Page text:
The last real banking crisis was in 1987 when hundreds of banks failed amid a commercial real estate collapse. That credit debacle peaked in 1989 with 534 bank failures in that year alone. Comptroller of the Currency, John C. Duncan, who oversees approximately 1700 national banks, expects bank failures to return to historical norms after a multi-year period in which no institution his agency oversees has failed. Currently, approximately 75 institutions are on the problem bank list at the Federal Deposit Insurance Corporation (FDIC).
All of this suggests that this is a good time to revisit your bank investments and the rules protecting your money held in banks backed by the FDIC. In general, FDIC covers your money held in a single bank up to $100,000. Under certain circumstances, you can have multiple accounts exceeding $100,000 fully insured at the same bank. Here is a brief look at the rules:
Individual accounts. All accounts in your name at the same insured bank are added together and insured for up to $100,000.
Joint accounts. Joint accounts are insured separately from individual accounts. Your share of all joint accounts in the same bank where you are a joint owner are added together and insured for up to $100,000. For example, you have a joint account with your spouse for $150,000 and a joint account with your daughter for $60,000. Your share of both joint accounts totals $105,000. $100,000 is covered by FDIC insurance and $5,000 is not covered. Any co-owners with you are also insured for up to $100,000 under these same rules.
Payable-on-death (POD) accounts. POD accounts, sometimes referred to as testamentary or Totten trust accounts, are a form of revocable trust whereby the account owner names a beneficiary or group of beneficiaries who will receive the funds upon the death of the owner. For POD accounts, all qualifying beneficiaries (direct family members) are each insured up to $100,000. For example, you have a $550,000 account under a POD agreement with your three children as beneficiaries; your account would be insured for $300,000. $250,000 would not be insured. However, if you and your spouse were joint owners of this same account, the account would be insured up to $600,000; $100,000 per beneficiary for each account owner.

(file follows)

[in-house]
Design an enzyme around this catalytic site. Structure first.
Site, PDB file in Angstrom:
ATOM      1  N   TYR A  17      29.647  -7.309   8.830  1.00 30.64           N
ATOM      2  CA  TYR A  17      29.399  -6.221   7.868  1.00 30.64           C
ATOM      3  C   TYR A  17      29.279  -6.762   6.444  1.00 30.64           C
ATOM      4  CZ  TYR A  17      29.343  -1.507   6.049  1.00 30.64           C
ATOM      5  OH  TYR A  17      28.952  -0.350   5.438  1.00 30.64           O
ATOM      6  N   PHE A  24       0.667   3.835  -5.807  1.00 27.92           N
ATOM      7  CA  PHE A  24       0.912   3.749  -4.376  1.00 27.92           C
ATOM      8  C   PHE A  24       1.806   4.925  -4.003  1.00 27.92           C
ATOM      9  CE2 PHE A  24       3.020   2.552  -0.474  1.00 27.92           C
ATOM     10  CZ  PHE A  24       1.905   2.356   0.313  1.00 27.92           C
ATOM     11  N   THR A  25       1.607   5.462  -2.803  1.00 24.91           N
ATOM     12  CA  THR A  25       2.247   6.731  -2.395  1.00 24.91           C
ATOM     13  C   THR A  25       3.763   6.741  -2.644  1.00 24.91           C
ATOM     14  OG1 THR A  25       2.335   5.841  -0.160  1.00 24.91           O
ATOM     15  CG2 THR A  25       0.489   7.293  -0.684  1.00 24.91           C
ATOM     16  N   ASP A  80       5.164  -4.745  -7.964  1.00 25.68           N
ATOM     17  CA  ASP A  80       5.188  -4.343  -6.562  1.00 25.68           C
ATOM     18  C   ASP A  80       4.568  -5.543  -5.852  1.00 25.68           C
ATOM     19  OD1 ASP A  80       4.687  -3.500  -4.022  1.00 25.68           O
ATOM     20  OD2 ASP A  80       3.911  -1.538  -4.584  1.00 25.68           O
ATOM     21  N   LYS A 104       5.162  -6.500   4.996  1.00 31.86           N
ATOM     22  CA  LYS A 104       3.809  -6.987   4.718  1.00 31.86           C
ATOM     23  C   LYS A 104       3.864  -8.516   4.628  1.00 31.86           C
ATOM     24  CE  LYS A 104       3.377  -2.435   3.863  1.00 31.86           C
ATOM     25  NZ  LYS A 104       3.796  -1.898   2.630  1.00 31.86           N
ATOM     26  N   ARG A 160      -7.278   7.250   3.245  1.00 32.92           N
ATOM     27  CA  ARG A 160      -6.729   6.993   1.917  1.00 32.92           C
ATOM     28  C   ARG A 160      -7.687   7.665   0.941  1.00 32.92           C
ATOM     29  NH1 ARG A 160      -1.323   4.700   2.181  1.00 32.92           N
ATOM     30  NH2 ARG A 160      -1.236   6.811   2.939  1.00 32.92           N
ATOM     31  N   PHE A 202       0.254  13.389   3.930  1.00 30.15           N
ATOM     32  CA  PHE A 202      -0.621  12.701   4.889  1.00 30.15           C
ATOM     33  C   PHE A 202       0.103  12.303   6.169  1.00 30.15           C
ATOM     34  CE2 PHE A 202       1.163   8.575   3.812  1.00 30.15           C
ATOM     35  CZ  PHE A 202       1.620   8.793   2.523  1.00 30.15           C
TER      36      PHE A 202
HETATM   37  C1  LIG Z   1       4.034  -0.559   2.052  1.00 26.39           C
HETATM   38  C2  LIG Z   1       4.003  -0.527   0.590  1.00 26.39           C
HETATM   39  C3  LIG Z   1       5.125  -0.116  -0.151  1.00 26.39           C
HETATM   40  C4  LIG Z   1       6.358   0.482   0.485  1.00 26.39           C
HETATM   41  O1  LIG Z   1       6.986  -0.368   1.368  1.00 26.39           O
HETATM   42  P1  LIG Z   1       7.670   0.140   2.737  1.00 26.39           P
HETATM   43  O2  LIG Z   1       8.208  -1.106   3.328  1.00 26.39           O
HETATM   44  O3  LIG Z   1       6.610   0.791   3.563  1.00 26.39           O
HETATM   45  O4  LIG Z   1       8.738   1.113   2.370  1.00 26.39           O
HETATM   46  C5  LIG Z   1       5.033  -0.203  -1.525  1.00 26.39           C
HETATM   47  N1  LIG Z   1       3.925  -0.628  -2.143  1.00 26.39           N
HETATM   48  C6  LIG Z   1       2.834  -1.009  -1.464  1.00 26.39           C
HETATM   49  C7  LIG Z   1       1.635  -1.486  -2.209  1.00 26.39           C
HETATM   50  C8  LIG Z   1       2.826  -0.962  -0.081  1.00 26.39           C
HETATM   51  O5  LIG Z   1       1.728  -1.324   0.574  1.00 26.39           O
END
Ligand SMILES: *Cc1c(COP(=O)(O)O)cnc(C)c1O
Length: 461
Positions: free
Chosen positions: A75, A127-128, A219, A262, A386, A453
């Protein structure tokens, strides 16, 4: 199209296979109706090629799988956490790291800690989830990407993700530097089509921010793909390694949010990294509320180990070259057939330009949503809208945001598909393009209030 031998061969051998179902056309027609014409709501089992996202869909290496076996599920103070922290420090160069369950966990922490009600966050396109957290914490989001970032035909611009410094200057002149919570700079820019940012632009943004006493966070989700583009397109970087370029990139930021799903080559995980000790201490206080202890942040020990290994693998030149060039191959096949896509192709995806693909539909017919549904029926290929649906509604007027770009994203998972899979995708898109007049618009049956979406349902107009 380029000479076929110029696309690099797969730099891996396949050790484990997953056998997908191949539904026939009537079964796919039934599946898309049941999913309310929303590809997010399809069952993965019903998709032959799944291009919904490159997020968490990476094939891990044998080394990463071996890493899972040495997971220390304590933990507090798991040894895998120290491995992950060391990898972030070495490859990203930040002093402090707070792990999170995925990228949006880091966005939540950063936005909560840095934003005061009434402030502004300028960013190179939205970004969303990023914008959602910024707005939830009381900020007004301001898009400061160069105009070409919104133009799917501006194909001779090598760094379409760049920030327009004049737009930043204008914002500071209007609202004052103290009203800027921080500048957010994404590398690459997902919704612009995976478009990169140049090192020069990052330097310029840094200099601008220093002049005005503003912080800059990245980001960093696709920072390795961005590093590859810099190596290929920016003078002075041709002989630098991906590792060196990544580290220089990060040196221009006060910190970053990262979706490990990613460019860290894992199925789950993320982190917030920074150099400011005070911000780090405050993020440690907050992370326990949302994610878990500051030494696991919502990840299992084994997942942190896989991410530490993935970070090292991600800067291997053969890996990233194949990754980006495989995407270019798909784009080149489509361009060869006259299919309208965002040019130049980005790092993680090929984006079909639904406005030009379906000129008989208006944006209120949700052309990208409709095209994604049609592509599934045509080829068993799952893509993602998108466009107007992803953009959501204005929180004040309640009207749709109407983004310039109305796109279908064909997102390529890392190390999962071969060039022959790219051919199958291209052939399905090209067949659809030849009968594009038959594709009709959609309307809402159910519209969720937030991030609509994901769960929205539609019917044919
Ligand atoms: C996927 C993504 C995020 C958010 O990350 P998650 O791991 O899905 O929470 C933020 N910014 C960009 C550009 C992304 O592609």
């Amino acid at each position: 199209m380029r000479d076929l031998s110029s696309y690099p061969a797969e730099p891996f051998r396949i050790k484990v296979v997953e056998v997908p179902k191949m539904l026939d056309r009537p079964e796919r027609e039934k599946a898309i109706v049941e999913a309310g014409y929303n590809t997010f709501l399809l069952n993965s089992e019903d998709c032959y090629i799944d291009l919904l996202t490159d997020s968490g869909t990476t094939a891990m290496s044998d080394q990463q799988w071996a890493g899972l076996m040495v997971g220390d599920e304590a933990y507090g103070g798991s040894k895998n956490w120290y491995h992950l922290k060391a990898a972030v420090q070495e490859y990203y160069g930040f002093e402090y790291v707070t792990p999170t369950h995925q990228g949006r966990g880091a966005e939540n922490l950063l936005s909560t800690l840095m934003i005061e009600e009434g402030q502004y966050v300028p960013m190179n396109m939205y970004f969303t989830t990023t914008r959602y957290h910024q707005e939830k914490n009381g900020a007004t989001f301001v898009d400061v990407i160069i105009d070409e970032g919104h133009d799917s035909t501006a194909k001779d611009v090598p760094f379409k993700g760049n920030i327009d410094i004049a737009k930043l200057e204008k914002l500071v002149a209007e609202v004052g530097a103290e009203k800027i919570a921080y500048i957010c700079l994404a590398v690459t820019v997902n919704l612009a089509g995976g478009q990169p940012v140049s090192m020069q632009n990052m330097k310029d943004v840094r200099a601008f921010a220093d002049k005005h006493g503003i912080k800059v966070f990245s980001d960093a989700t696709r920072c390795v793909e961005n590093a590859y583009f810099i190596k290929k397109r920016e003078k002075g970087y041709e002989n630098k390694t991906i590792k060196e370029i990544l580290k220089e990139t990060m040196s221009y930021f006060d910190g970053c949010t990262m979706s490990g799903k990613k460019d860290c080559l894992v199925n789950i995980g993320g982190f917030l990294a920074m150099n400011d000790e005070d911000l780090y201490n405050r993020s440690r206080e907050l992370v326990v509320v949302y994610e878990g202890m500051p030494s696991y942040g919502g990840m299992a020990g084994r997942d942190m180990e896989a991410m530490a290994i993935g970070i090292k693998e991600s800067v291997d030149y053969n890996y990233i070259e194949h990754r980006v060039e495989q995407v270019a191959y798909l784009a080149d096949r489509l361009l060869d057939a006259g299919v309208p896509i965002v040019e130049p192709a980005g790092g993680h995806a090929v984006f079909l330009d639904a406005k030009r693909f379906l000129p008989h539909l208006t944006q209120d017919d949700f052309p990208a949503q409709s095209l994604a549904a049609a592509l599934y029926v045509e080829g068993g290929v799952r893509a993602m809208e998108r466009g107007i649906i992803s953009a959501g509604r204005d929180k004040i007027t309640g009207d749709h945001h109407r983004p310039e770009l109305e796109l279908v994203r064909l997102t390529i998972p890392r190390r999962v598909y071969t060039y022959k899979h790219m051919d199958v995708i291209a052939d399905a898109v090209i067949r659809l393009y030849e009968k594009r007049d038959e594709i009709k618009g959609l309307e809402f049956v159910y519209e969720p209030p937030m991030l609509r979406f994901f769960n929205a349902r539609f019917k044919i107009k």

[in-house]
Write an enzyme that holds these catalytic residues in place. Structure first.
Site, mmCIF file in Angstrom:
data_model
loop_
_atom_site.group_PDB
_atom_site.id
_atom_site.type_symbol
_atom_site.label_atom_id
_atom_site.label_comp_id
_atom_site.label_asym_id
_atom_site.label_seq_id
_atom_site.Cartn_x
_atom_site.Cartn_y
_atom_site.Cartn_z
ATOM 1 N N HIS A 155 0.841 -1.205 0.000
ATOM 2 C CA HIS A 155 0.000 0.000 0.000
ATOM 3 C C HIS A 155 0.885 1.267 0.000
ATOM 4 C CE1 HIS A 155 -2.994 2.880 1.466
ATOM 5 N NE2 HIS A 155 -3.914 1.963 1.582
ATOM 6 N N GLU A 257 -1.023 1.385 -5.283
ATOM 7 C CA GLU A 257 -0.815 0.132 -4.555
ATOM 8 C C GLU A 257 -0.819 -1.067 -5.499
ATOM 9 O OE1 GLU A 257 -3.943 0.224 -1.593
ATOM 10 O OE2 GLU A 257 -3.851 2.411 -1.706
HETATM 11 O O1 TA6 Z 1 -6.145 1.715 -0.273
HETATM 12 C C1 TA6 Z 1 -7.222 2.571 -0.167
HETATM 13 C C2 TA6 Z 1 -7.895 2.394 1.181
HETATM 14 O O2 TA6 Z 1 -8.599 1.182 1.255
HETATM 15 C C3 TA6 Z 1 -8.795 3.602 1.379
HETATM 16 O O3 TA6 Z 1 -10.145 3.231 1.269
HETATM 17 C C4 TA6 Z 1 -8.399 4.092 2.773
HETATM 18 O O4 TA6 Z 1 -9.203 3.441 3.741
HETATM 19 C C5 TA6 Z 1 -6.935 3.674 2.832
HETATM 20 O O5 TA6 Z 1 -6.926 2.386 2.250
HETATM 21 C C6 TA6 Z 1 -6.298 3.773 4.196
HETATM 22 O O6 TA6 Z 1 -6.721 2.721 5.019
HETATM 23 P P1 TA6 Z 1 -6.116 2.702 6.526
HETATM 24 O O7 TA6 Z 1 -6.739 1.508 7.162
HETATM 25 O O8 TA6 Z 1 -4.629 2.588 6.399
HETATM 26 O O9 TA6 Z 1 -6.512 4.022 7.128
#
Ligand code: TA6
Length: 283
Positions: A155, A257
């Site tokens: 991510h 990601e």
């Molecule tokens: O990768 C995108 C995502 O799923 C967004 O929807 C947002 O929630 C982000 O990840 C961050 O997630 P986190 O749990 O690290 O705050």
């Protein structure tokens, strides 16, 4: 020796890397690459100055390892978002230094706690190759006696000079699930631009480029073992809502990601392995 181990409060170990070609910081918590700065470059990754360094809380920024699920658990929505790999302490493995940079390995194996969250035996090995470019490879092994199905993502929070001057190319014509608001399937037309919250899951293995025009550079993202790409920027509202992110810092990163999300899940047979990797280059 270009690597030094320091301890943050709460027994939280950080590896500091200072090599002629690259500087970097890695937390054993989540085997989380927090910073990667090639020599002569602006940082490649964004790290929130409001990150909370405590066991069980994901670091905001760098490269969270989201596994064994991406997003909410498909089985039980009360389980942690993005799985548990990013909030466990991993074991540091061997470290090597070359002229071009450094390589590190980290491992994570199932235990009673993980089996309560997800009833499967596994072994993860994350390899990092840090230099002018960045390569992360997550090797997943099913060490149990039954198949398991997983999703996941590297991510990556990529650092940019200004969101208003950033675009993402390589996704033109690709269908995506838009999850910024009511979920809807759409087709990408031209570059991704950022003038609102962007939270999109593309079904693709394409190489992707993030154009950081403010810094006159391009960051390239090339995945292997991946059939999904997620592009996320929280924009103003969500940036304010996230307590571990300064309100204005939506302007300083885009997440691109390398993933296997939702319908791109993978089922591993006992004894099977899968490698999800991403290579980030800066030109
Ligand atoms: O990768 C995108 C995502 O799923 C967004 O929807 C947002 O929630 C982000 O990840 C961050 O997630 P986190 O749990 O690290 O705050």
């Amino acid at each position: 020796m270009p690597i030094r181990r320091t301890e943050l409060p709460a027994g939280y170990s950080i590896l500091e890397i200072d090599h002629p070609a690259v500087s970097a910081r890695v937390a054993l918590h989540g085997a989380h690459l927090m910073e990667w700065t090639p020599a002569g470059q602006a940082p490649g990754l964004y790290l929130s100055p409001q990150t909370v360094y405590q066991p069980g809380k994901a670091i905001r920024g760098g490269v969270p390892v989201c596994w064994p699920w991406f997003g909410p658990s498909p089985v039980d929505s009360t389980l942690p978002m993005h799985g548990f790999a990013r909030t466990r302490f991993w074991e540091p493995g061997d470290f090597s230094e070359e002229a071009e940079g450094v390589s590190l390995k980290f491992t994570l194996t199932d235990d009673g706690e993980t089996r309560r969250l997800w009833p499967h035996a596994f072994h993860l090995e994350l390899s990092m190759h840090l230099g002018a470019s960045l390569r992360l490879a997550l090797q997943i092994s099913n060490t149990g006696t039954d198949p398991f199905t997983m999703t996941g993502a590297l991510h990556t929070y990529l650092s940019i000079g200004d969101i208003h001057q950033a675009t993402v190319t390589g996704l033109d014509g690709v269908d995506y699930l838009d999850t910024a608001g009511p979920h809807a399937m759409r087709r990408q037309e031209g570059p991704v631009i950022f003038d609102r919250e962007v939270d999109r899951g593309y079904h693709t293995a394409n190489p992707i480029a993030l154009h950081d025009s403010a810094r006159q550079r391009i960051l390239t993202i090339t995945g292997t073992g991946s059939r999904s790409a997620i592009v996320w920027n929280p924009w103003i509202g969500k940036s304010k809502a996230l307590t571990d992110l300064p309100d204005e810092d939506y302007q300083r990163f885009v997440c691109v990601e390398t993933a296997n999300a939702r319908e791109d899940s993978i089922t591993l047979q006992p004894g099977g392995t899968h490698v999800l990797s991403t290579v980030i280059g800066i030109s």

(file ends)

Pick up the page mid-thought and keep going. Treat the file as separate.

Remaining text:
Retirement accounts. Certain retirement accounts, including IRAs, Simplified Employee Pension Plans (SEPs), SIMPLE IRAs, Section 457 deferred compensation plans, self-directed Keogh plans and self-directed defined contribution plans are insured up to $250,000. In these cases, all plans in a single depositor’s name are added together for purposes of meeting the insurance limit.
You’ll want to make certain that your bank or savings association is a member of the FDIC, which is an independent agency of the federal government. To check out your bank or for more information on FDIC insurance, go to www.fdic.gov and click on ‘Deposit Insurance’.
Assuming you have decided that you need to spread your money across multiple banks, how do you go about finding the best rates? For a sampling of the best rates for certificates of deposits or money market accounts in FDIC insured banks, go to the Resource Center at www.welchgroup.com and click on ‘Best CD Rates’. Use these top rates to compare to your favorite local bank CD rates. If the national rates are higher, use this information to negotiate an equal or better rate at your local bank. If they fail to match the rate, you can invest in the out of state bank, typically, through an online application.
If you would like to be a hero to a friend or family member that you know or suspect has significant funds held at the bank, give them a copy of this article. They will appreciate your thoughtfulness and you might just save their retirement!